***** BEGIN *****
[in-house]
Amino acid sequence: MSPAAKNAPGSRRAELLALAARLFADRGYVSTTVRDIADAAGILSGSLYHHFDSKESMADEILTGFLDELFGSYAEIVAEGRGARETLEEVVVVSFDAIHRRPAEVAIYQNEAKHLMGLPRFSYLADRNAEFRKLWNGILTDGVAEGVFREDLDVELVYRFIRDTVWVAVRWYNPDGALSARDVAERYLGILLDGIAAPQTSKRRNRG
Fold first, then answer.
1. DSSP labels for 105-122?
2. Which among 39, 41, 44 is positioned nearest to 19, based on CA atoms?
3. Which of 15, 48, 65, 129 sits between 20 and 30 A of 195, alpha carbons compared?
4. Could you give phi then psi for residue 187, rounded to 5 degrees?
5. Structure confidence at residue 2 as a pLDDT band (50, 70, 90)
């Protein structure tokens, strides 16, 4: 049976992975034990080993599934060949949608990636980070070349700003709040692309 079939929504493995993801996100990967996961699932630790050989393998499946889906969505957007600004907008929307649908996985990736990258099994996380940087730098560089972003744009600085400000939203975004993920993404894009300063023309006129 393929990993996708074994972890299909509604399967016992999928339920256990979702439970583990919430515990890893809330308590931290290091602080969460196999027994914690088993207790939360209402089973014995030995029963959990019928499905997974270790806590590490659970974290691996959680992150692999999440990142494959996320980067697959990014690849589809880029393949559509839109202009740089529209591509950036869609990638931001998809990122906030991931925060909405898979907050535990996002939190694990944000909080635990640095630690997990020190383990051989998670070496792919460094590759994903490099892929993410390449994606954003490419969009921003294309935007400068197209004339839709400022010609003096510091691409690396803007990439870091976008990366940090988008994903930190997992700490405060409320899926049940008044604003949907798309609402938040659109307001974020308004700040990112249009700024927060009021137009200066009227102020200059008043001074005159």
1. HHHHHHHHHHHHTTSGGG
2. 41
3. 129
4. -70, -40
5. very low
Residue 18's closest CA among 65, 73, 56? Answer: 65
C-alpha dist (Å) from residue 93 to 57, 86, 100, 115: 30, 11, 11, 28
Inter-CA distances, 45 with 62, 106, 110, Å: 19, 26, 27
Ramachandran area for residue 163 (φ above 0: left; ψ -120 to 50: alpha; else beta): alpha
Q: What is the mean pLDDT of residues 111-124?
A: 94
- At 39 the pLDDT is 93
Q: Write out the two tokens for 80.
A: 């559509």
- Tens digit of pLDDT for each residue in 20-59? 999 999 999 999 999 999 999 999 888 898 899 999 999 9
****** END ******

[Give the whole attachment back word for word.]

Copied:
[in-house]
Amino acid sequence: MSPAAKNAPGSRRAELLALAARLFADRGYVSTTVRDIADAAGILSGSLYHHFDSKESMADEILTGFLDELFGSYAEIVAEGRGARETLEEVVVVSFDAIHRRPAEVAIYQNEAKHLMGLPRFSYLADRNAEFRKLWNGILTDGVAEGVFREDLDVELVYRFIRDTVWVAVRWYNPDGALSARDVAERYLGILLDGIAAPQTSKRRNRG
Fold first, then answer.
1. DSSP labels for 105-122?
2. Which among 39, 41, 44 is positioned nearest to 19, based on CA atoms?
3. Which of 15, 48, 65, 129 sits between 20 and 30 A of 195, alpha carbons compared?
4. Could you give phi then psi for residue 187, rounded to 5 degrees?
5. Structure confidence at residue 2 as a pLDDT band (50, 70, 90)
């Protein structure tokens, strides 16, 4: 049976992975034990080993599934060949949608990636980070070349700003709040692309 079939929504493995993801996100990967996961699932630790050989393998499946889906969505957007600004907008929307649908996985990736990258099994996380940087730098560089972003744009600085400000939203975004993920993404894009300063023309006129 393929990993996708074994972890299909509604399967016992999928339920256990979702439970583990919430515990890893809330308590931290290091602080969460196999027994914690088993207790939360209402089973014995030995029963959990019928499905997974270790806590590490659970974290691996959680992150692999999440990142494959996320980067697959990014690849589809880029393949559509839109202009740089529209591509950036869609990638931001998809990122906030991931925060909405898979907050535990996002939190694990944000909080635990640095630690997990020190383990051989998670070496792919460094590759994903490099892929993410390449994606954003490419969009921003294309935007400068197209004339839709400022010609003096510091691409690396803007990439870091976008990366940090988008994903930190997992700490405060409320899926049940008044604003949907798309609402938040659109307001974020308004700040990112249009700024927060009021137009200066009227102020200059008043001074005159």
1. HHHHHHHHHHHHTTSGGG
2. 41
3. 129
4. -70, -40
5. very low
Residue 18's closest CA among 65, 73, 56? Answer: 65
C-alpha dist (Å) from residue 93 to 57, 86, 100, 115: 30, 11, 11, 28
Inter-CA distances, 45 with 62, 106, 110, Å: 19, 26, 27
Ramachandran area for residue 163 (φ above 0: left; ψ -120 to 50: alpha; else beta): alpha
Q: What is the mean pLDDT of residues 111-124?
A: 94
- At 39 the pLDDT is 93
Q: Write out the two tokens for 80.
A: 């559509």
- Tens digit of pLDDT for each residue in 20-59? 999 999 999 999 999 999 999 999 888 898 899 999 999 9